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27 March 2014

Women on boards. What about the pipeline?

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Yesterday the Cranfield report into the proportion of women on FTSE 100 boards provoked measured praise, relief about no quotas and some naming and shaming of corporations. The ‘success’ of boards being 20.7% female is, at best, frail because the targets are focused on the boardroom and not on the pipeline.

The fact that more women take Non-executive Directorships should be no surprise. The flexibility of being Non-exec fits with a female career. Executive is often full time, full horse power and there are simply fewer women to choose from because so many leave their careers mid-way through in order to pick up caring responsibilities. This is often their choice. They might have stayed, if childcare was easier and if they could have had flexible and remote working opportunities.

How many small businesses are started up every year by women, for women, arranged around the female way of working (i.e. not nine-to-five, five-days-a-week)? The site MumpreneursUK estimates that there are 300,000 companies in the UK started by mums. When I interview these women I find flexible and remote working built into their business models. As these businesses grow they are likely to keep employees through their child-bearing years because the structure enables them to carry on working and managing family life.

Female Non-executive Directors are usually hired from the group of women that have already made it to the top of their profession and are in senior executive roles. Unless British businesses keep more women in work on a flexible basis the talent pipeline will dry up pretty soon. As Vince Cable, business secretary, said in response to the Cranfield report, “More needs to be done to improve the number of women in executive positions. These will be the chief executives of tomorrow and businesses still aren’t tapping into the vast talent pool available to them.”

We are nowhere near stemming the exodus of talented women with 12 – 15 years’ experience who, after a second child, can’t make the daily commute or even the four day commute work for them anymore. They also can’t bear the inefficiency of working in that way. Enlightened businesses will change their model so that more women can work from home two to three days a week and come into the office three to two days a week. Enlightened businesses will create new jobs for flexible working – currently, most flexible working roles are adapted by companies for current employees and very few are created.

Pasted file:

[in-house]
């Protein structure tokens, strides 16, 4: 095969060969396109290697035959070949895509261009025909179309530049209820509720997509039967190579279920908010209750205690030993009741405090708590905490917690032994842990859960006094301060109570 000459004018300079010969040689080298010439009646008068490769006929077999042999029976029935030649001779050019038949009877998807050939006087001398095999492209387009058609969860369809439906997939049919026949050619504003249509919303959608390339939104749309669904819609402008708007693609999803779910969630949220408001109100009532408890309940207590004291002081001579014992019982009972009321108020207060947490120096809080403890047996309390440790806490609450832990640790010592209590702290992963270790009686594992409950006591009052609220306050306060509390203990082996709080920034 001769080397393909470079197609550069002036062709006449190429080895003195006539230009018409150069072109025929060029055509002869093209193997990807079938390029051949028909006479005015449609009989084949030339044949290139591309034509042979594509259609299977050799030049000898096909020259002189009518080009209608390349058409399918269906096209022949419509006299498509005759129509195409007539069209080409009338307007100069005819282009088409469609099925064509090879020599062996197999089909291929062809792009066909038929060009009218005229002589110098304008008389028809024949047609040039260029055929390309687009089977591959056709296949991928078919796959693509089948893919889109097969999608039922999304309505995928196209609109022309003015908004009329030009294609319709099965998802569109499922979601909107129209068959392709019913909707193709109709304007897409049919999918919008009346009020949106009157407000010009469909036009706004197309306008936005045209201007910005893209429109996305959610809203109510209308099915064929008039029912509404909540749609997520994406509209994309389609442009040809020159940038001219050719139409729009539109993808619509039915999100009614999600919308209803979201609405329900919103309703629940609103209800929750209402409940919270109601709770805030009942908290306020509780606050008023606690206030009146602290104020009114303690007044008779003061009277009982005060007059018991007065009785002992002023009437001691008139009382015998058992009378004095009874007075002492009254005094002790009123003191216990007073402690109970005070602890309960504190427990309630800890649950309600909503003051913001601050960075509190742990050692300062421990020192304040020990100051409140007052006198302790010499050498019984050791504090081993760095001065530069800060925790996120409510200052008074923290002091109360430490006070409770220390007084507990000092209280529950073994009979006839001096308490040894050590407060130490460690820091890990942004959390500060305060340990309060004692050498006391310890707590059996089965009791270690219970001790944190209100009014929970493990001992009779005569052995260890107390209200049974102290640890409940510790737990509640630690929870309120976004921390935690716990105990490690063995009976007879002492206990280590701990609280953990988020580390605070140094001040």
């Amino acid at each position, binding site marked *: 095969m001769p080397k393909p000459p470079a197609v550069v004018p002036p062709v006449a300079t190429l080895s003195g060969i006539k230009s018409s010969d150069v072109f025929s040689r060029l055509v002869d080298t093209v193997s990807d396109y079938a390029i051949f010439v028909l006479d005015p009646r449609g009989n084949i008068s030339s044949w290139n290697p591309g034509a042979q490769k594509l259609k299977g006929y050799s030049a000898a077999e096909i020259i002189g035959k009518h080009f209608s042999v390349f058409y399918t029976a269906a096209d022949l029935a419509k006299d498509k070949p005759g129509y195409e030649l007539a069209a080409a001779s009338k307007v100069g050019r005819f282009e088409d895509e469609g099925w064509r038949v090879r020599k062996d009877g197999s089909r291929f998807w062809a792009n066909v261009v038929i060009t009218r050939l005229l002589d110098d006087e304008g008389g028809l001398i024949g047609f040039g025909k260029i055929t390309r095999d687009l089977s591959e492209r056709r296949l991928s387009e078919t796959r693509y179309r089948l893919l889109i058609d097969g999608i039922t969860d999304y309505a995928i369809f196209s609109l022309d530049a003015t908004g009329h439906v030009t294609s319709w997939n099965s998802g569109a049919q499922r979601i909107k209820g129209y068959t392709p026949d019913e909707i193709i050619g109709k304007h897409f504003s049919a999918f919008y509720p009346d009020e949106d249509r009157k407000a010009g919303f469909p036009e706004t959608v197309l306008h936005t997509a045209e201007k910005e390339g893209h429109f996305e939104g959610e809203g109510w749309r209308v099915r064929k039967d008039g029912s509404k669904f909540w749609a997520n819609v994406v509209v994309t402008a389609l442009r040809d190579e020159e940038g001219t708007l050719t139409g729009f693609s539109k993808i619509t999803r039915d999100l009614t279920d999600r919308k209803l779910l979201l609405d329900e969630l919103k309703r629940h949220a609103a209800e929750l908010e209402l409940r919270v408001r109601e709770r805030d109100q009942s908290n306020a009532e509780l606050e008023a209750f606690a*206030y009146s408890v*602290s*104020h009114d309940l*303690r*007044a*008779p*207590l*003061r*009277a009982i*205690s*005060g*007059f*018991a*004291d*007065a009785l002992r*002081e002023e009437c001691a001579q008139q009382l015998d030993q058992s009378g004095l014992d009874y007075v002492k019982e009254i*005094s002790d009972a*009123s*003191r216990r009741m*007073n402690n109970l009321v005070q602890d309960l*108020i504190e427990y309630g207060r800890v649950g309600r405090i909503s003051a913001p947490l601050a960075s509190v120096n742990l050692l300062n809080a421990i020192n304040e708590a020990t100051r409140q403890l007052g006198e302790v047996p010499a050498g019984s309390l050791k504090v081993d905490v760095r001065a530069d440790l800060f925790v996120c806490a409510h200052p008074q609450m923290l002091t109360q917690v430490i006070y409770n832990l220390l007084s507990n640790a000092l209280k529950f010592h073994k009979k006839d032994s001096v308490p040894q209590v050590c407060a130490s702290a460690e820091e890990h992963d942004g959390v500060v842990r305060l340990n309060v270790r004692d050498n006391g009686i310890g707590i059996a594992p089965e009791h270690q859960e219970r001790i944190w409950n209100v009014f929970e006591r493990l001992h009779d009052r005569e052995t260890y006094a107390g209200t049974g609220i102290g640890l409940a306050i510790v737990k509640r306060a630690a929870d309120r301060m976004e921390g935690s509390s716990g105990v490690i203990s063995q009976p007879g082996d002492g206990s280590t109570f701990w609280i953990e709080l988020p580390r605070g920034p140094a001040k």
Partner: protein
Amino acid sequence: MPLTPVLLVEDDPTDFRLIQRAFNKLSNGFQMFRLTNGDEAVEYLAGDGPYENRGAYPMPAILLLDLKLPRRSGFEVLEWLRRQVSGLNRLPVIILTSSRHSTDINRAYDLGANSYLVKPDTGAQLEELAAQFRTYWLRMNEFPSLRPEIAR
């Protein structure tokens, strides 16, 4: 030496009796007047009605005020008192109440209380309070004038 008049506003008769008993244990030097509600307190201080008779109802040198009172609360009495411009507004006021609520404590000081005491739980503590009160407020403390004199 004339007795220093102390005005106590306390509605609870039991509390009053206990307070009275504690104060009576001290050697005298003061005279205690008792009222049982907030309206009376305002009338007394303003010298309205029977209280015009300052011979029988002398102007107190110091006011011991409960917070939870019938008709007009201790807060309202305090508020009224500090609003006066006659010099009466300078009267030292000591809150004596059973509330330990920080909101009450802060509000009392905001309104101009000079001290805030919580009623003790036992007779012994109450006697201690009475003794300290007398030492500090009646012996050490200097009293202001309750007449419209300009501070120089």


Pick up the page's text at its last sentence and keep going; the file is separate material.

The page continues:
Many women choose not to get to the top of their profession because it means sacrificing too much on the home front. Women generally are not as interested in power as men. But they are interested in being in control and in charge. This is why so many of them opt out of corporate life and set up their own businesses.

Note to self: If I was the MD of a FTSE 250 company or running a professional services firm I would get back in touch with all my alumni that have felt compelled to leave my business over the last 10 years after having their second child. I’d find out where they are living and get them all together. I’d look at the work my business is about to outsource to India and see if it wouldn’t be more intelligent to allow my loyal and already trained alumni to manage these tasks remotely, saving me overheads and giving me the comfort that the values of my business are being upheld and the work is being executed to the highest level by people who  have  already been part of the (company) family.

Posted by Amanda Fone
Amanda@f1recruitment.com